Author(s): Fuchs F, Bouyer J, Rozenberg P, Senat MV
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Abstract BACKGROUND: To identify risk factors, beyond fetal weight, associated with adverse maternal outcomes in delivering infants with a birthweight of 4000 g or greater, and to quantify their role in maternal complications. METHODS: All women (n = 1564) with singleton pregnancies who attempted vaginal delivery and delivered infants weighing at least 4000 g, in two French tertiary care centers from 2005 to 2008, were included in our study. The studied outcome was maternal complications defined as composite item including the occurrence of a third- or fourth-degree perineal laceration, or the occurrence of severe postpartum hemorrhage requiring the use of prostaglandins, uterine artery embolization, internal iliac artery ligation or haemostatic hysterectomy, or the occurrence of blood transfusion. Univariate analysis, multivariable logistic regression and estimation of attributable risk were used. RESULTS: Maternal complications were increased in Asian women (adjusted odds ratio [aOR], 3.1; 95\% confidence interval [CI], 1.1-9.3, Attributable risk (AR): 3\%), in prolonged labor (aOR = 1.9 [95\% CI; 1.1-3.4], AR = 12\%) and in cesarean delivery during labor (aOR = 2.2 [95\% CI; 1.3-3.9], AR = 17\%). Delivering infants with a birthweight > 4500 g also increased the occurrence of maternal complications (aOR = 2.7 [95\% CI; 1.4-5.1]) but with an attributable risk of only 10\%. Multiparous women with a previous delivery of a macrosomic infant were at lower risk of maternal complications (aOR = 0.5 [95\% CI; 0.2-0.9]). CONCLUSION: In women delivering infants with a birthweight of 4000 g or greater, some maternal characteristics as well as labor parameters may worsen maternal outcome beyond the influence of increased fetal weight.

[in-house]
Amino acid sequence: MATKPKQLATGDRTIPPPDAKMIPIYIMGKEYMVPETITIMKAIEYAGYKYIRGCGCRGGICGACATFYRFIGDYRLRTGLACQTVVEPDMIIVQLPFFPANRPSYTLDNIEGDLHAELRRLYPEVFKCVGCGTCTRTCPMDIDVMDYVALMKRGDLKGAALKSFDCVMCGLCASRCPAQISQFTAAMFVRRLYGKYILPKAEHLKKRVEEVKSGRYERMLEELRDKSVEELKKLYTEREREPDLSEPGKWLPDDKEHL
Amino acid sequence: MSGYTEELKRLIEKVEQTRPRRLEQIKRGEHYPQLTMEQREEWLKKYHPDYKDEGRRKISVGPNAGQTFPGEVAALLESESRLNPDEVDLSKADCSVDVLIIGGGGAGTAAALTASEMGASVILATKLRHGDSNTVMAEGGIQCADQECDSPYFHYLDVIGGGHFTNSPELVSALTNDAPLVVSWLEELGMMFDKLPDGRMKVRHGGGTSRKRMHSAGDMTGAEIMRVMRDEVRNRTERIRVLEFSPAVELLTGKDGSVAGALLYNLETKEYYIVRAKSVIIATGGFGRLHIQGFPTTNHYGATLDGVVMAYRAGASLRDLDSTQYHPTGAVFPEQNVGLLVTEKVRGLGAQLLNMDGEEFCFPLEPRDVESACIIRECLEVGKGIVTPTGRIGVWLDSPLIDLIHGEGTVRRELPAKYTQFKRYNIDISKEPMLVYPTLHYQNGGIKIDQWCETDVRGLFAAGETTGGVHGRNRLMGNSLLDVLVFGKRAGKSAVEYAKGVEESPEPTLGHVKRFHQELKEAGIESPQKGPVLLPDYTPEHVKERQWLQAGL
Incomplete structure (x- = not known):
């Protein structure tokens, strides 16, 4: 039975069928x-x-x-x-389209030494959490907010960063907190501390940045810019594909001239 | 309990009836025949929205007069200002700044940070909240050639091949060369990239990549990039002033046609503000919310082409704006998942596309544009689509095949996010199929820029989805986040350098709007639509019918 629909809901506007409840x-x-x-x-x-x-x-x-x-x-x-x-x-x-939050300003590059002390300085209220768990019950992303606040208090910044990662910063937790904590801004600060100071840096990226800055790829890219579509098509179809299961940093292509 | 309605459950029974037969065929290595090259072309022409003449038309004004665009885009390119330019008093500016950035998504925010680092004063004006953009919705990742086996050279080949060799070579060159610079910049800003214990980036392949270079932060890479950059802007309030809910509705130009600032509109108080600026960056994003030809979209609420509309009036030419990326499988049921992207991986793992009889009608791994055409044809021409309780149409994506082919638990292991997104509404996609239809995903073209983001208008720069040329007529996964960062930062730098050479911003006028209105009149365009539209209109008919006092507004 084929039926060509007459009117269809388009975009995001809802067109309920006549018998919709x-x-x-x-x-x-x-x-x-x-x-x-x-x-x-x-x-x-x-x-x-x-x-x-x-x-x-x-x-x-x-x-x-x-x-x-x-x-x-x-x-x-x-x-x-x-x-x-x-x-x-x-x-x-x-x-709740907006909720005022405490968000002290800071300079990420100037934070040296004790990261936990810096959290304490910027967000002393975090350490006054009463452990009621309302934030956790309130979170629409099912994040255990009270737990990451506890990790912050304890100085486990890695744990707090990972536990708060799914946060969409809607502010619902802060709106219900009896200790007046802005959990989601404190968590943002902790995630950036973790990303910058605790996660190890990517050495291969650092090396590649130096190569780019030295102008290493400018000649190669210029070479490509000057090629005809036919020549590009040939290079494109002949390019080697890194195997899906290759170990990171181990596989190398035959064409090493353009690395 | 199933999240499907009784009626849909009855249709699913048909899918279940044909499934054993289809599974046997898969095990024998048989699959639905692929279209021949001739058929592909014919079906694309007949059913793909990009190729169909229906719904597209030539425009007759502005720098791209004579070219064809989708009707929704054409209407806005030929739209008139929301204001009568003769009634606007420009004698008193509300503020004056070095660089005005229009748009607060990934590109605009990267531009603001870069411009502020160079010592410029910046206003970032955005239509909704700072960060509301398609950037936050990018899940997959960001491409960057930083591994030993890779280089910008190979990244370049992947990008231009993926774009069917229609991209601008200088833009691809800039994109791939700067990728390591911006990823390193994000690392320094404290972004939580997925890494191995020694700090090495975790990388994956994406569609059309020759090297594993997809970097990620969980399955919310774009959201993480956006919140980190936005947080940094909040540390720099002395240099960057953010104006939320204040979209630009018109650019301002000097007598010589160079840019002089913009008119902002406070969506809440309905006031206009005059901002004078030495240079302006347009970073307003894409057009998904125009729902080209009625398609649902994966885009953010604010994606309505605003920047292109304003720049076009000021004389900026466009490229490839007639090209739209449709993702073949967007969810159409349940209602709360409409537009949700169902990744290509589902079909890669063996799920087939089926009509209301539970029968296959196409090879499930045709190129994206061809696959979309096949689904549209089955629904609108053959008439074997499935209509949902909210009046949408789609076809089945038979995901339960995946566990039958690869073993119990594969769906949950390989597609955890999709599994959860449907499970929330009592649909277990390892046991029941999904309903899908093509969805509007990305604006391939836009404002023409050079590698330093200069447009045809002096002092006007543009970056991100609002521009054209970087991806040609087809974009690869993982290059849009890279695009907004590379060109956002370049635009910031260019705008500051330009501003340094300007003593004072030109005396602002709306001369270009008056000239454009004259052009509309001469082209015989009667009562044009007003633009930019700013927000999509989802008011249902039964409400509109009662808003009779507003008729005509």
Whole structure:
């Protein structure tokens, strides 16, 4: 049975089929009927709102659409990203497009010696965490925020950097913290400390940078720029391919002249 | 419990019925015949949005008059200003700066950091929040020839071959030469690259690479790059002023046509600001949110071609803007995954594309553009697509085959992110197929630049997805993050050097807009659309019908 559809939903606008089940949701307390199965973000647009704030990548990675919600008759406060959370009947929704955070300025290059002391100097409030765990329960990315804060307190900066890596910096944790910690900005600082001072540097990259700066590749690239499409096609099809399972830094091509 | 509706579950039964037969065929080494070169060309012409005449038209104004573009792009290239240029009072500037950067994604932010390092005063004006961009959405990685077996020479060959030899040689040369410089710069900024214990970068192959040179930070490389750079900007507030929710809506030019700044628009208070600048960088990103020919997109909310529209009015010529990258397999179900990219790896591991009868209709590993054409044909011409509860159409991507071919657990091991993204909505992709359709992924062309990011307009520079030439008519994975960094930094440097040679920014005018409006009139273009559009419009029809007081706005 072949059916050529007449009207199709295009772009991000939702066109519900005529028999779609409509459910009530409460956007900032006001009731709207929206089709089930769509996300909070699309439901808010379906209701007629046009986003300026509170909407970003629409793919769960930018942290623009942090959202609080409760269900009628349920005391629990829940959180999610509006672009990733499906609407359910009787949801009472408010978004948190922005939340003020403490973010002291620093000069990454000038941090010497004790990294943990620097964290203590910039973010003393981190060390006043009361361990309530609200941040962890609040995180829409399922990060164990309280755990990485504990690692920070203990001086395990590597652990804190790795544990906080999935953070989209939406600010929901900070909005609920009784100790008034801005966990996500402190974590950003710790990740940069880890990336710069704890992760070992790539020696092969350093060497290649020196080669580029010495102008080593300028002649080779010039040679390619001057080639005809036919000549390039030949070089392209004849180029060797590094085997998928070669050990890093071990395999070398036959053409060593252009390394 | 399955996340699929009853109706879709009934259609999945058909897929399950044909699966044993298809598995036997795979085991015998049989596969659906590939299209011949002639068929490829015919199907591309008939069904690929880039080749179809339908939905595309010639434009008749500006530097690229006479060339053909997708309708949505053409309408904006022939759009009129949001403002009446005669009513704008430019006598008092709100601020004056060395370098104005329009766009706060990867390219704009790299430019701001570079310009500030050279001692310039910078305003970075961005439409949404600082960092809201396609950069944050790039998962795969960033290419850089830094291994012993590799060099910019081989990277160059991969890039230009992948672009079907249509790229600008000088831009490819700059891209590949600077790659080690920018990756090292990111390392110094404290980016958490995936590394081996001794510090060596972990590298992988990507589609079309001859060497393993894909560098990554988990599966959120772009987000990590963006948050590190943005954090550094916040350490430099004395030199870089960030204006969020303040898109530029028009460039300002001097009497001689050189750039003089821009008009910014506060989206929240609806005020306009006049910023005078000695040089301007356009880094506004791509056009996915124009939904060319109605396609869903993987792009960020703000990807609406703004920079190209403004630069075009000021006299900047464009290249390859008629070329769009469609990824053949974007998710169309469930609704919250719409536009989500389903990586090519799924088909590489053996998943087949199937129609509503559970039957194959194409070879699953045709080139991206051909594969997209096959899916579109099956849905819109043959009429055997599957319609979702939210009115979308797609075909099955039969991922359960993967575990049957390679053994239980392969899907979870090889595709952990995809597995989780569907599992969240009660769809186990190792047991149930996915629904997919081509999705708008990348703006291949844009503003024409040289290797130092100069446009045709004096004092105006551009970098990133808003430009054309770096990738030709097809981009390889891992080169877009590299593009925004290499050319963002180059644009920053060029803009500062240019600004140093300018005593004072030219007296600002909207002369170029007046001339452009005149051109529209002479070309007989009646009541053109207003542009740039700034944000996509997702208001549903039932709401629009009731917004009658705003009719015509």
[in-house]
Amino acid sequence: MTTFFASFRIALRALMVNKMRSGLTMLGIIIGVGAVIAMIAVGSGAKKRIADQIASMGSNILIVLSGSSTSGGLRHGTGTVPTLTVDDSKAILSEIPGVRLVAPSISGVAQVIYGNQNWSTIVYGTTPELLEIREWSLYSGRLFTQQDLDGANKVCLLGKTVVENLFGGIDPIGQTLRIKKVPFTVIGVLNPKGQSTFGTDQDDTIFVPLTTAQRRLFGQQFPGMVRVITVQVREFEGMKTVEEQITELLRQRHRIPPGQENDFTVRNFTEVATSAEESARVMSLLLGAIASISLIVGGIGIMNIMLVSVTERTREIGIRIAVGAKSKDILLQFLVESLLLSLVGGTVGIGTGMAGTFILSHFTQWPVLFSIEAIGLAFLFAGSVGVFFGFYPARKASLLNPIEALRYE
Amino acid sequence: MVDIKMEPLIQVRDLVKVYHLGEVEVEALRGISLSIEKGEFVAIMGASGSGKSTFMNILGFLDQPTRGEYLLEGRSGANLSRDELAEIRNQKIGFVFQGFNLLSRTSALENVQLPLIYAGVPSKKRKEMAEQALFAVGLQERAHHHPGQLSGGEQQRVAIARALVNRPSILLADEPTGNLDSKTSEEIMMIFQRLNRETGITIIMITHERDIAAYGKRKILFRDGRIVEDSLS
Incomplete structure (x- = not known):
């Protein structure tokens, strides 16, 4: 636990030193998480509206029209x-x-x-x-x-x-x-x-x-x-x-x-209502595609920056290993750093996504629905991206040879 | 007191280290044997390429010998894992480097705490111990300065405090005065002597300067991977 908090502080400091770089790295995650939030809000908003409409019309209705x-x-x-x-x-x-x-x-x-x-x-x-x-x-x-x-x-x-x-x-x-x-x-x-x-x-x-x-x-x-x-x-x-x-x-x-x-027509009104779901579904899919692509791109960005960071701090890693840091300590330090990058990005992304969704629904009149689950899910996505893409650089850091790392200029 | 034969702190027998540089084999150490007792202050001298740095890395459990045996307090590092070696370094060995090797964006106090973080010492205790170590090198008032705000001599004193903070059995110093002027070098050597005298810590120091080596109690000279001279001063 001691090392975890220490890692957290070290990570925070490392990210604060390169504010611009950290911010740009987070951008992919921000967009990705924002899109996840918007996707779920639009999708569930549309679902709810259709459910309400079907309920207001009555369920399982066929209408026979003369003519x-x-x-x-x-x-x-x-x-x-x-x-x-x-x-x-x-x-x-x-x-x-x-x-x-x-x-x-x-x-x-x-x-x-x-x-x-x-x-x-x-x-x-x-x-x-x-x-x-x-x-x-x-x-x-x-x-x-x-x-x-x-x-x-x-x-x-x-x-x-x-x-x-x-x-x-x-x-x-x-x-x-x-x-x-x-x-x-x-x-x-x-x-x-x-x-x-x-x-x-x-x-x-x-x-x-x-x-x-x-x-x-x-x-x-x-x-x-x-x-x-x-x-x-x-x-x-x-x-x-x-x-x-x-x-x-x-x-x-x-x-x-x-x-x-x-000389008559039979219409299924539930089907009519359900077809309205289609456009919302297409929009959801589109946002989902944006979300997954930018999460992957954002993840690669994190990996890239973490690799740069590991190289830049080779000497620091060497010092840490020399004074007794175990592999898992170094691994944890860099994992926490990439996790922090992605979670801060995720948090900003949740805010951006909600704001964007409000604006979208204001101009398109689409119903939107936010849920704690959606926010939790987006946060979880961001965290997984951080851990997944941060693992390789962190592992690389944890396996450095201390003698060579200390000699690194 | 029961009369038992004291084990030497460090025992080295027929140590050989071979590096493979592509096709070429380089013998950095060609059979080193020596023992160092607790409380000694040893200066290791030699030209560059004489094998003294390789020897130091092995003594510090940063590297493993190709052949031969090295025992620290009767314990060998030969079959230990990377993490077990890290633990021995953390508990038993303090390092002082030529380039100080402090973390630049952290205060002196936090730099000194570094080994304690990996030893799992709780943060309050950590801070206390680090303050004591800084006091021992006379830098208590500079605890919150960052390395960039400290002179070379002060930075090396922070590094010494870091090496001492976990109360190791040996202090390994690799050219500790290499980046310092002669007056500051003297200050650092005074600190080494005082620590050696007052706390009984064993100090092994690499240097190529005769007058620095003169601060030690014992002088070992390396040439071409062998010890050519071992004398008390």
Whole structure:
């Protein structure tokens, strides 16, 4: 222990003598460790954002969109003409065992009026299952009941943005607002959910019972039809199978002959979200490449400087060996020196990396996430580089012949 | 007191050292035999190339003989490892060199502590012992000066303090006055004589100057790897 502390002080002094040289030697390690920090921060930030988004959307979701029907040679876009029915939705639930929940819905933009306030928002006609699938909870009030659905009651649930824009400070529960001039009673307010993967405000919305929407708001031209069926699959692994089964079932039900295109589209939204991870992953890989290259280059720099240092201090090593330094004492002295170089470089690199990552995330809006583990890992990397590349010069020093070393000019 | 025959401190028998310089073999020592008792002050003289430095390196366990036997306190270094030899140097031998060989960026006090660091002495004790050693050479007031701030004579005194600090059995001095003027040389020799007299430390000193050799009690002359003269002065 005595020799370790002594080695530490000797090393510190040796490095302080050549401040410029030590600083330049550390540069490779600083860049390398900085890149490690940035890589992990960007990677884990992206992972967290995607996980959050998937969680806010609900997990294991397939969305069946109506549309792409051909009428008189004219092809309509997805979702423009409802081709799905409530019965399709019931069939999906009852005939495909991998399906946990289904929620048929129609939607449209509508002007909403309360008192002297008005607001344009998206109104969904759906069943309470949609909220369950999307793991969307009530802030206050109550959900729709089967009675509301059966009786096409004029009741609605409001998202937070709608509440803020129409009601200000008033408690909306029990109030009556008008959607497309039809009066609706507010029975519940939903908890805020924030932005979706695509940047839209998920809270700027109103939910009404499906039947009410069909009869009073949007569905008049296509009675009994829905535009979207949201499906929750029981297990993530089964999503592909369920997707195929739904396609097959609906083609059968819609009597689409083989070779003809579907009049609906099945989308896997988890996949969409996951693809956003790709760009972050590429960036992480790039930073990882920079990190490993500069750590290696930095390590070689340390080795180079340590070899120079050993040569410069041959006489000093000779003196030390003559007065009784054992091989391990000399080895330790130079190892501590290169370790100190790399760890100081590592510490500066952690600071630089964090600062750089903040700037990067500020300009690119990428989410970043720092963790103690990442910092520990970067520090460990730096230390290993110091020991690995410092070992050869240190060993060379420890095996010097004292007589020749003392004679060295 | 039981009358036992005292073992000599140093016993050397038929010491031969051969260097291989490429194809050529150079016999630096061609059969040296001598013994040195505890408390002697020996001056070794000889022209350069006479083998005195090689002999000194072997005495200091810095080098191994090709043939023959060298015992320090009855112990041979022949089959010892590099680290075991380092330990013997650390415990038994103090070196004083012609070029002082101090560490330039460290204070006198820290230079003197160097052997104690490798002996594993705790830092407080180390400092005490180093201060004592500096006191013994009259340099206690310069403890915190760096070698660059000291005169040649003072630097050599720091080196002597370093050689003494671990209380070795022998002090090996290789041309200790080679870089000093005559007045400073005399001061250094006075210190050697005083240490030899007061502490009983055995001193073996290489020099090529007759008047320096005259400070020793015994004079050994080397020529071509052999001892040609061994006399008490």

This article was published in BMC Pregnancy Childbirth
and referenced in Journal of Nutrition & Food Sciences